Thanks for your post and question. I actually don’t know. My design for this wind tunnel just came from my experiences and best guess. I did not consult any text books or references for the exact best shapes. If you are actually building an expensive test facility it is very important to find optimal designs and so forth, but this is basement science and pretty good is good enough. I think research follows the 80/20 rule: the first 80% of ideal takes 20% of the time, while the final 20% of ideal takes 80% of the time. Therefore, here we are just shooting for that first 80%, at only 20% of the time required.

If you need references, I would go to your engineering library. My guess is that there were some papers published on this topic in the 40’s and 50’s and some references probably came out after that. It seems to me a lot of fluids and aerodynamic stuff was done then.

Best Regards,

Ben

Best regards,

Raquel Somavilla

]]>While hoping to avoid being trite, perhaps we can relate this to an Einstein quote. He said “The most incomprehensible thing about the world is that it is comprehensible.” We can add that it is completely incredible that we can have success in describing the world with incomplete understanding.

It would be great to continue thinking about this, but in the meantime we can reflect on how wonderful it is that this success is possible.

]]>Back to the main question: in some sense that I am still grappling with, physics is a part of mathematics which describes all possible and all impossible worlds. Physics without formalization is not physics. Having said that, I doubt very much that the Navier-Stokes equations are some kind of completely precise description of fluid flow. For instance, they ignore the conversion of mass into energy and quantum effects.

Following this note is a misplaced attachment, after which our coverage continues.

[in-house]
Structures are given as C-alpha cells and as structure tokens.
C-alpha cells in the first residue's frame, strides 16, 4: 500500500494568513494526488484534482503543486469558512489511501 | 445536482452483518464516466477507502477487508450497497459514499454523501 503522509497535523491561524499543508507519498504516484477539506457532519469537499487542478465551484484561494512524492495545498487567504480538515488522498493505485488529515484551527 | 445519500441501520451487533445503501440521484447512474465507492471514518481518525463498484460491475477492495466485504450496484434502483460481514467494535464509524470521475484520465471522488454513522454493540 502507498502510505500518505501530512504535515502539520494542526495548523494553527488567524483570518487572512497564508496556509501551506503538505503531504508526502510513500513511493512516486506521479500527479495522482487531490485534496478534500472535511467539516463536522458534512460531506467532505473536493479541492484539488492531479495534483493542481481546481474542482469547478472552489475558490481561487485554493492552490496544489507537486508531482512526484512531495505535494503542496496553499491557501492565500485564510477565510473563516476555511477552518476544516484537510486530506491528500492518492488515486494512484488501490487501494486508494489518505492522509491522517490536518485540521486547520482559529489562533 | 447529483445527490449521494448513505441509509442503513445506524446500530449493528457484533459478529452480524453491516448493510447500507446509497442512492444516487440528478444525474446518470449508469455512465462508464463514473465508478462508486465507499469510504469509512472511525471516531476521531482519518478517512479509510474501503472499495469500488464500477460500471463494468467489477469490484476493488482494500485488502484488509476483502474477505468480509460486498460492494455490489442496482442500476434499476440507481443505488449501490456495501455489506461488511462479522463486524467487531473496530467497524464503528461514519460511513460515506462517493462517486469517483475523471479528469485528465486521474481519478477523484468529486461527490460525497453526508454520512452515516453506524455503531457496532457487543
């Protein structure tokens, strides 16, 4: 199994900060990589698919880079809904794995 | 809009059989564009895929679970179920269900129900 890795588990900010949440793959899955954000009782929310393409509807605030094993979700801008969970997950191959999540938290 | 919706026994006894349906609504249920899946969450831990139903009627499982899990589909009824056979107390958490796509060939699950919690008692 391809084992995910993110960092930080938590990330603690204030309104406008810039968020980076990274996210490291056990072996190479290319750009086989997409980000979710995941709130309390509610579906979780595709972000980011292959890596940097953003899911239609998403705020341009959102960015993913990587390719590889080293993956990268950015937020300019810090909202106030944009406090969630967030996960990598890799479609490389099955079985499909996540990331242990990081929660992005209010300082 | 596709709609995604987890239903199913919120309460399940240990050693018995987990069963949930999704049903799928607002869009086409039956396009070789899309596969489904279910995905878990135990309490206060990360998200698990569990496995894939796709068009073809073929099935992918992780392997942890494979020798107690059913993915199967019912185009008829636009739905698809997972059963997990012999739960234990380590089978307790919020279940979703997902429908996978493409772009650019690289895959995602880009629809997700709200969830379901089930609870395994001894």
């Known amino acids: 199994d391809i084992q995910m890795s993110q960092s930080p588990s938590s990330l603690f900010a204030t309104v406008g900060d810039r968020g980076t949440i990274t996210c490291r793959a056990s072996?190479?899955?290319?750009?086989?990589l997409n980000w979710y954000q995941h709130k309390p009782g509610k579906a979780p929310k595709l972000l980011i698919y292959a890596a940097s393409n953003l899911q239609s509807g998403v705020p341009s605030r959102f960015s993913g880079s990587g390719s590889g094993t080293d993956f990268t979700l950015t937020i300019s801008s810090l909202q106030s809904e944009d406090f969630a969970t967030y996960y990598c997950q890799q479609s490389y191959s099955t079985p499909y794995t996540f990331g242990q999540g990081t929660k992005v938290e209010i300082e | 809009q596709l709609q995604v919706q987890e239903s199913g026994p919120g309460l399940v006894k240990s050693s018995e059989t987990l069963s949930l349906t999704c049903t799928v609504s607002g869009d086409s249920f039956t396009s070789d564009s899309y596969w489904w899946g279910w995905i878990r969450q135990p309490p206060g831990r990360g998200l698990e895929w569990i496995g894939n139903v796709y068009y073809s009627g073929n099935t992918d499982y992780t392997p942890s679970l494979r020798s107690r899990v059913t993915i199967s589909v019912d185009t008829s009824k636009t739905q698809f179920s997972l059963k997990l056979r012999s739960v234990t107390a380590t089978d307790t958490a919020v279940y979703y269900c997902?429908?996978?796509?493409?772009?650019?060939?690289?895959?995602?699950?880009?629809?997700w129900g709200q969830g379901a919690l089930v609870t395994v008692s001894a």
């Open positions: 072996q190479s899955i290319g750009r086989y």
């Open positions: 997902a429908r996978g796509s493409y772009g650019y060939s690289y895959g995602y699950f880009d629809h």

– retired mathematician

]]>1: 1

0: (1-1)

1: 1+(1-1)

succ(n) = n+1.

The fact that this property can be applied to any natural number allows us to infer that the cardinality of the set of natural numbers is infinity. Notice that we didn’t need to actually count till infinity to posit the conclusion.

Similarly, in our physical universe, we can do the same thing with time: if the universe is open (which is the current scientific consensus), every time instant has a successor.

succ(t) = t+1sec.

We can thus conclude that the cardinality of the set time expressed in second is infinite. ]]>

Another part of the problem is with modern math itself. Jacob Klein has written much about how math became unhinged from reality in the renaissance (with the rise of algebra), but he’s notoriously hard to understand. Prof. Joseph Cosgrove is a much more understandable expositor of his ideas.

LG

]]>Thanks for asking. Well, I have actually tried, but unfortunately failed! And then I have not tried again since my failure. When you are working for yourself you can let mess-ups linger. In your case looks like you need to find an answer. I would look in older literature since the rakes were probably developed quite some time ago…

Best Regards,

Ben